The reason this “simple” straightforward recursive line integral construction is mathematically valid, and approximates the direct computation of each of these line averages from the original image was carefully studied in Brandt&Dym 1999. It is shown there that the error in computing the longer line averages out of the shorter line averages in such a fast recursive way is smaller than the error inherently present in computing long line averages in any computer image, in respect to the real continuous value of the integral in the physical observed signal. That is, for computing any integral that does not lie directly on image pixels we have to numerically interpolate the pixel intensity values and numerically integrate them, and this involves certain discretization errors with respect to the continuous integral value, which are larger than the error introduced by the fast recursive method for obtaining all line averages. Section 4. From BD Multilevel Line Averages to Multilevel Line Edges; Edges are Adaptively Measured to be Significant with Respect to the Noise Present. In Brandt&Dym 1999 only line averages were computed and not any edges or line integral differences. In fact this set of line averages can easily be transformed into a set of edge elements by taking differences between neighboring line averages with the same size and orientation. We define an edge “around” each integral as half the absolute value of the difference between the two line averages with the same orientation which are spatially adjacent to it on both its sides. The spatial distance between each two such parallel line integral which are subtracted from each other to produce an edge is thus exactly two pixels. Each integral (and therefore each edge) is either centered at an image pixel or centered at the midpoint (equidistance) between two image pixels. Note that line-integral edge-measurement significance, with respect to the noise present in the image: In order to verify that the difference between two neighboring line averages (‘edge’) is significant, we compare this difference to the statistical noise present along each of the line averages composing that edge. We present an improved method according to various embodiments of the invention for computing the point-wise line-integral noise along each of the line averages, and integrate this information to generate a new definition of a ‘line-integral edge’, adaptively tuned to be significant over noise, again with a computational cost O (N log l Line-integral point-wise noise: since the line averages are averages of the intensities along the line it is tempting to think that the noise in these measurements can be modeled nicely by the variance along the line, and indeed such variance may be easily measured by using the formula Var(I)=σ ^{2} −I ^{2}, where I is the intensity of the image. (This means that if we measure the line averages on I^{2}: an image containing the squared intensity at each pixel, where I represents the original image intensities—we could then compute Var(I) for every line average from the above formula, just doubling the cost needed for computing all line averages). However, the intensity profile along the line may be smoothly changing to still give a large variance, whereas the line averages point-wise noise will be low in such a case. We therefore define the line-integral point-wise noise to be related to the non-smoothness in the intensity profile along the line, namely defined to be the average of the squares of the intensity differences between nearest-neighboring pixels along the line.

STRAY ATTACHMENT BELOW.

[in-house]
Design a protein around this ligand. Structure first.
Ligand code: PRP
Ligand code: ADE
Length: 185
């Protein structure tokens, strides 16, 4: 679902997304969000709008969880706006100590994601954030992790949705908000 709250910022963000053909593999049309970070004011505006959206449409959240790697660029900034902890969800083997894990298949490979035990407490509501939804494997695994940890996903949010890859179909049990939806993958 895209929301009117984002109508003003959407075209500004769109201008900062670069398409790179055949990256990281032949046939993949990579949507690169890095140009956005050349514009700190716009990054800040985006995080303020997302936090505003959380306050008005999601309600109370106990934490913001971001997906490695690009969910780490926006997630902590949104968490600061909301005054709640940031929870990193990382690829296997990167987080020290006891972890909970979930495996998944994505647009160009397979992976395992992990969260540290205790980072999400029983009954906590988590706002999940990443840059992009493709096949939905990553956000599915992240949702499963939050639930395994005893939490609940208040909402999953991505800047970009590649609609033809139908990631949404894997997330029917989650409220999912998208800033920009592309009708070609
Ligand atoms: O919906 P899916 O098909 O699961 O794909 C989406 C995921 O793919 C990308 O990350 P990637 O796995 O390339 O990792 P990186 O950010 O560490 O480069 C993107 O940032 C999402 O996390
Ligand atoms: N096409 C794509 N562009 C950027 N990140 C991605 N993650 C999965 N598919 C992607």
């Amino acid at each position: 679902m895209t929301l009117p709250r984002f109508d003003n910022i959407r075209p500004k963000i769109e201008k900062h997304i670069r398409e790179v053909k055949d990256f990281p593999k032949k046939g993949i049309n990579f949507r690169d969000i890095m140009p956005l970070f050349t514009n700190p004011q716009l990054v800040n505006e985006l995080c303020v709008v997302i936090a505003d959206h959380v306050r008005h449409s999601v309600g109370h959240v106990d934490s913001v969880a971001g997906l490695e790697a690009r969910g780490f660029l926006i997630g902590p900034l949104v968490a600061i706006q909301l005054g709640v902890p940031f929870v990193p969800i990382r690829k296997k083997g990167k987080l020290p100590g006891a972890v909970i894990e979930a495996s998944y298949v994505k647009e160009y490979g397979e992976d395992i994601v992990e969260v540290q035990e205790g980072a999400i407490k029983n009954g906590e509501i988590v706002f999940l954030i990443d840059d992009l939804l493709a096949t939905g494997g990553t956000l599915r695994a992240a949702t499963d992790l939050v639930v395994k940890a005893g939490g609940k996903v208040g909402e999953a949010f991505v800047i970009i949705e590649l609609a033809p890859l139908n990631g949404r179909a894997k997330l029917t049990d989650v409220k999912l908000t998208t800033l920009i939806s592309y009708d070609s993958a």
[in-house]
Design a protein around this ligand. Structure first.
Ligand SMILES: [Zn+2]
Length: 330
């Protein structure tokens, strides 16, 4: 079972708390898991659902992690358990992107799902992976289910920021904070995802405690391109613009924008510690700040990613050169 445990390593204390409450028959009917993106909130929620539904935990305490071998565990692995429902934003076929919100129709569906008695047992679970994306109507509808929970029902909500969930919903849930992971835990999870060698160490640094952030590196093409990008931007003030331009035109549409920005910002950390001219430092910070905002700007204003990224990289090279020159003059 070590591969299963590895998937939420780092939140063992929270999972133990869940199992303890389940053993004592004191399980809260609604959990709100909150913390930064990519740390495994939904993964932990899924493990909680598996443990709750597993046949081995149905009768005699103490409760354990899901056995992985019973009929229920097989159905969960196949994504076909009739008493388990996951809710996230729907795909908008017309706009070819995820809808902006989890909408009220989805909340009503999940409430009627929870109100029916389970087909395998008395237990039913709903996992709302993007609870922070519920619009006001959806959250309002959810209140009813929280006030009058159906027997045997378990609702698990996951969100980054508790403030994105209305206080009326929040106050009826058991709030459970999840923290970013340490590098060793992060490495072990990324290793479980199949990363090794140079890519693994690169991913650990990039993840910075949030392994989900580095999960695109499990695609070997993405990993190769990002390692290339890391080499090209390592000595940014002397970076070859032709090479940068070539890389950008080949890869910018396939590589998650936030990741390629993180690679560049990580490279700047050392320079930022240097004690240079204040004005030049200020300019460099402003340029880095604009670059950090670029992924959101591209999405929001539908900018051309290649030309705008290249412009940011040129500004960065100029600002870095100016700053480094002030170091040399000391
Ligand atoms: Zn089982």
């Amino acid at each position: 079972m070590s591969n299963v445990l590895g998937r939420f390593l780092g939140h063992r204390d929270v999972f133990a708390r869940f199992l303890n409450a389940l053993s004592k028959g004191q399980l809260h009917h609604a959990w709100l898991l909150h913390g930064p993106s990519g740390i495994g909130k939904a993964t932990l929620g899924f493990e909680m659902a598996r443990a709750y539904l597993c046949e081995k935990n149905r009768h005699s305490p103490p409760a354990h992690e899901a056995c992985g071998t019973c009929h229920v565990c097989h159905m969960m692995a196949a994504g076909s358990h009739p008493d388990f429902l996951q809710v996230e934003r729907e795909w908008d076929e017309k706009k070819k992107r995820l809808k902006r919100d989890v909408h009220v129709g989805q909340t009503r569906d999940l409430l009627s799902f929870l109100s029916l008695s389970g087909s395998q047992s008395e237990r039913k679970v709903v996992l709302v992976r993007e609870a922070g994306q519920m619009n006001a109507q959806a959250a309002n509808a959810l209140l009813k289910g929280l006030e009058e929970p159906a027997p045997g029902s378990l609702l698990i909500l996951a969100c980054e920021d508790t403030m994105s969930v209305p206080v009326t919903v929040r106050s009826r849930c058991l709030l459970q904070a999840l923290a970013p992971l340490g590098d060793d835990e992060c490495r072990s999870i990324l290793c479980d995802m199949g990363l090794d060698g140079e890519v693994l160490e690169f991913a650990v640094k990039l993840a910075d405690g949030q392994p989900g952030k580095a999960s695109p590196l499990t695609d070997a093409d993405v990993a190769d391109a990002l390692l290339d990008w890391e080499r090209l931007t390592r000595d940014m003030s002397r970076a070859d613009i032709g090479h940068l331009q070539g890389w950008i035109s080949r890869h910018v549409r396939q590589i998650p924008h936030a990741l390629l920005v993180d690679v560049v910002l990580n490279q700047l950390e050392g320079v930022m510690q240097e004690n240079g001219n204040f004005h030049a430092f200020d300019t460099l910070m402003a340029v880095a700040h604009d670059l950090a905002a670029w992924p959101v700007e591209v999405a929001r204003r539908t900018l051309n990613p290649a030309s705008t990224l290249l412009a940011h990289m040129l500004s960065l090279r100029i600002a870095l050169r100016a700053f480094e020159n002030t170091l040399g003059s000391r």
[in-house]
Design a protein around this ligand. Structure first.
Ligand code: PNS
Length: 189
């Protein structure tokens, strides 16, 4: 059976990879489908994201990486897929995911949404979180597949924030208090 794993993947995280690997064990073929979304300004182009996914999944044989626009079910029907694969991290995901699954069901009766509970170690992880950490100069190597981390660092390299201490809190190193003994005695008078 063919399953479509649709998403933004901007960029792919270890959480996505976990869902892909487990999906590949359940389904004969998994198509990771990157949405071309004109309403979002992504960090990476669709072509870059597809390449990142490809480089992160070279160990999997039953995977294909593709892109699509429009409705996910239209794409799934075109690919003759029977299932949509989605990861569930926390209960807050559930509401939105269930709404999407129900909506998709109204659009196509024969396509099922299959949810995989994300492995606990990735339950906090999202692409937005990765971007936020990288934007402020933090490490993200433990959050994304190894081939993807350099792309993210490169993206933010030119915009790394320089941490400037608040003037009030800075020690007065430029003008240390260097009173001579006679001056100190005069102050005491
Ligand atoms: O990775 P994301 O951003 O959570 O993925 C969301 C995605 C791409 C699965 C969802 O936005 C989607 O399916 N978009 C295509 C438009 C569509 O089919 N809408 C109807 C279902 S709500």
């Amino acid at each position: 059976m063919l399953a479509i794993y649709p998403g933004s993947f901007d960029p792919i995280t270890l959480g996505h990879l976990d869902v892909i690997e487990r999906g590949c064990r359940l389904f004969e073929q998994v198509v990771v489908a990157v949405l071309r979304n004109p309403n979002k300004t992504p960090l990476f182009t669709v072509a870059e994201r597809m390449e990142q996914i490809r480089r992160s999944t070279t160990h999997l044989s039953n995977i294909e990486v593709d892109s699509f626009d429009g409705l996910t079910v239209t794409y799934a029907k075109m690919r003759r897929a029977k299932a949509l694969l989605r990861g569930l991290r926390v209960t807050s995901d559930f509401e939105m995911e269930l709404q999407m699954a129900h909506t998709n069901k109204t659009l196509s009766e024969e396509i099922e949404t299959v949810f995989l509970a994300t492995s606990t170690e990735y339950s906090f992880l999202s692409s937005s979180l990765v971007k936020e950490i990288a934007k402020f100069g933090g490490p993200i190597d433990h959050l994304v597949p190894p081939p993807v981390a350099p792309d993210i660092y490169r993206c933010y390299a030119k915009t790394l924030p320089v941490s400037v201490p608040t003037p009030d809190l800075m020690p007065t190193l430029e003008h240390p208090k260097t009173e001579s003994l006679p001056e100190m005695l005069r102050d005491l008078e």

Computing the line-integral point-wise noise, σ, is another process which is similar to computing the line averages and can run in parallel to it. In computing the line averages we start again with the finest integration level for the shortest lines of length Assume we compute the edge by subtracting line integral a from its neighboring same orientation line integral b both of “length” n, that is We employ non-maximal suppression according to edge strength for keeping only the edge responses which are locally maximal in both spatial center location and orientation. This means that if a straight edge response has a stronger neighboring edge response in either of the two edges with the same orientation spatially adjacent to it on both its sides we do not keep it as an edge. We also do not keep an edge response if it has a stronger neighboring edge response in either of the two edges with adjacent orientations centered at the same pixel. The multilevel construction of the edges also allows us to suppress long edges which do not have strong contrast all along their straight line support. Each edge is recursively composed out of two half-length edge parts measured on a half-length scale. It is therefore straightforward to keep a long edge response only if it is composed out of two semi-strong half-length responses and not keep it otherwise. We name the salient edges remaining after the above filtering with respect to the line-integral point-wise noise and the suppressions ‘maximal edges’. Section 5. Computing Robust Local Motion Estimations Using Line Averages When estimating the motion transformations objects undergo between consecutive movie frames or video images it is essential to focus first on the stable landmarks and features which are robust in nature under the large extent of possible motion transformations, and for which the most basic translation and rotation motion transformations between the frames can be estimated most reliably. Such robust features tend to be local in nature; for example a large variety of ‘corner-like’ intensity structures are generically present spread over all images (see for instance Lucas&Kanade 1981). Following the extraction of feature motion a step of feature grouping and integration is employed to assemble all such local feature motion into the more complex motion of the different larger and more structured objects present in the scene (composing for instance affine moti estimations). Add “better features to track”: Using the line averaging structure, we may easily find line segments as explained elsewhere herein. Once we have a region of line segments, we may compute their intersection using techniques such as explained in [Paul Bourke]. These actual line intersections may be used for tracking with iterative optical flow trackers such as the Lucas-Kanade tracker [Lucas Kanade]. Shi and Tomasi in their paper “Good Features to Track” [Shi Tomasi] showed that the Lucas-Kanade tracker works best with “corner” like features such as formed where two edges meet. In that work, corners were only implicitly found by computing areas in the image where there are two large eigen values of images gradients (which implies a meeting of two strong gradients). Using line segments found by our line averaging structure, we may explicitly find real line intersection corners to track. Such actual corner line intersection features work better than Shi and Tomasi's implicit corners and so our method may be termed “Better Features to Track”. Around each maximal edge (see Section 4) in an image A we will use the line averages computed for a neighborhood of this edge in both consecutive movie frames A and B for estimating the size of the motion this edge moved between the frames, in a direction orthogonal to its orientation. We denote this orthogonal motion by δ, hence computing the δ-motion for the maximal edges. The δ-motion computation is depicted in A reasonable assumption taken for the derivation of the δ-motion of a maximal edge is that the intensity profiles representing the same edge in both images A and B are similar (plots ‘Pic A’ and ‘Pic B’ in We will approximate the δ-motion (see